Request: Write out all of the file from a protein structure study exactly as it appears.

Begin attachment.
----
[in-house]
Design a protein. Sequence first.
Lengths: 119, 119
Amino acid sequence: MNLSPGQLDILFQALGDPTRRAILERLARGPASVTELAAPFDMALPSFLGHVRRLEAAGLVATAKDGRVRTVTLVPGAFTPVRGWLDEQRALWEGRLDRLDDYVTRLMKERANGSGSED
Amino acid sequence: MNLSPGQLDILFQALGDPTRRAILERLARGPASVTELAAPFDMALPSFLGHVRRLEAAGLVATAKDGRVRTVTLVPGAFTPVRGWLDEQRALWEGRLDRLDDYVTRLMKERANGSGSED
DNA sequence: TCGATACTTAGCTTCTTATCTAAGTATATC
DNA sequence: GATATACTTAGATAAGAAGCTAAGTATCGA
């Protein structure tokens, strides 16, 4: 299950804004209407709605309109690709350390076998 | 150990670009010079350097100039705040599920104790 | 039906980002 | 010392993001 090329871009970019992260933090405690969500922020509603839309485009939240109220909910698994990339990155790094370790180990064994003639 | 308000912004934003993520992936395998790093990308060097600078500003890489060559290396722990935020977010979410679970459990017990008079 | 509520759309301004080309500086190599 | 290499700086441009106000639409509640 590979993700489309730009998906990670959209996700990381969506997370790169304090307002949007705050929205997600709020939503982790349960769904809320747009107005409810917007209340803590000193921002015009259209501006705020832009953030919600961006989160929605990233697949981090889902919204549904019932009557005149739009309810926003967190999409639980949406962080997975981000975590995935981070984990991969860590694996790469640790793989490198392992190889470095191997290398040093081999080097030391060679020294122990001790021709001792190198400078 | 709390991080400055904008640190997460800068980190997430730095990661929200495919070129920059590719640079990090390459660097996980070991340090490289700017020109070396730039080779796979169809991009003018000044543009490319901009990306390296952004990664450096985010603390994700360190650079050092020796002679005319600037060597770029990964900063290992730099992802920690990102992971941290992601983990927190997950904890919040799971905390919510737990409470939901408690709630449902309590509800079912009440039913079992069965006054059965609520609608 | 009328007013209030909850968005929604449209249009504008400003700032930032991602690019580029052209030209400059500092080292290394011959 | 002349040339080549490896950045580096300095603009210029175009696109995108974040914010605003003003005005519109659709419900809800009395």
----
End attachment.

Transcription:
[in-house]
Design a protein. Sequence first.
Lengths: 119, 119
Amino acid sequence: MNLSPGQLDILFQALGDPTRRAILERLARGPASVTELAAPFDMALPSFLGHVRRLEAAGLVATAKDGRVRTVTLVPGAFTPVRGWLDEQRALWEGRLDRLDDYVTRLMKERANGSGSED
Amino acid sequence: MNLSPGQLDILFQALGDPTRRAILERLARGPASVTELAAPFDMALPSFLGHVRRLEAAGLVATAKDGRVRTVTLVPGAFTPVRGWLDEQRALWEGRLDRLDDYVTRLMKERANGSGSED
DNA sequence: TCGATACTTAGCTTCTTATCTAAGTATATC
DNA sequence: GATATACTTAGATAAGAAGCTAAGTATCGA
């Protein structure tokens, strides 16, 4: 299950804004209407709605309109690709350390076998 | 150990670009010079350097100039705040599920104790 | 039906980002 | 010392993001 090329871009970019992260933090405690969500922020509603839309485009939240109220909910698994990339990155790094370790180990064994003639 | 308000912004934003993520992936395998790093990308060097600078500003890489060559290396722990935020977010979410679970459990017990008079 | 509520759309301004080309500086190599 | 290499700086441009106000639409509640 590979993700489309730009998906990670959209996700990381969506997370790169304090307002949007705050929205997600709020939503982790349960769904809320747009107005409810917007209340803590000193921002015009259209501006705020832009953030919600961006989160929605990233697949981090889902919204549904019932009557005149739009309810926003967190999409639980949406962080997975981000975590995935981070984990991969860590694996790469640790793989490198392992190889470095191997290398040093081999080097030391060679020294122990001790021709001792190198400078 | 709390991080400055904008640190997460800068980190997430730095990661929200495919070129920059590719640079990090390459660097996980070991340090490289700017020109070396730039080779796979169809991009003018000044543009490319901009990306390296952004990664450096985010603390994700360190650079050092020796002679005319600037060597770029990964900063290992730099992802920690990102992971941290992601983990927190997950904890919040799971905390919510737990409470939901408690709630449902309590509800079912009440039913079992069965006054059965609520609608 | 009328007013209030909850968005929604449209249009504008400003700032930032991602690019580029052209030209400059500092080292290394011959 | 002349040339080549490896950045580096300095603009210029175009696109995108974040914010605003003003005005519109659709419900809800009395």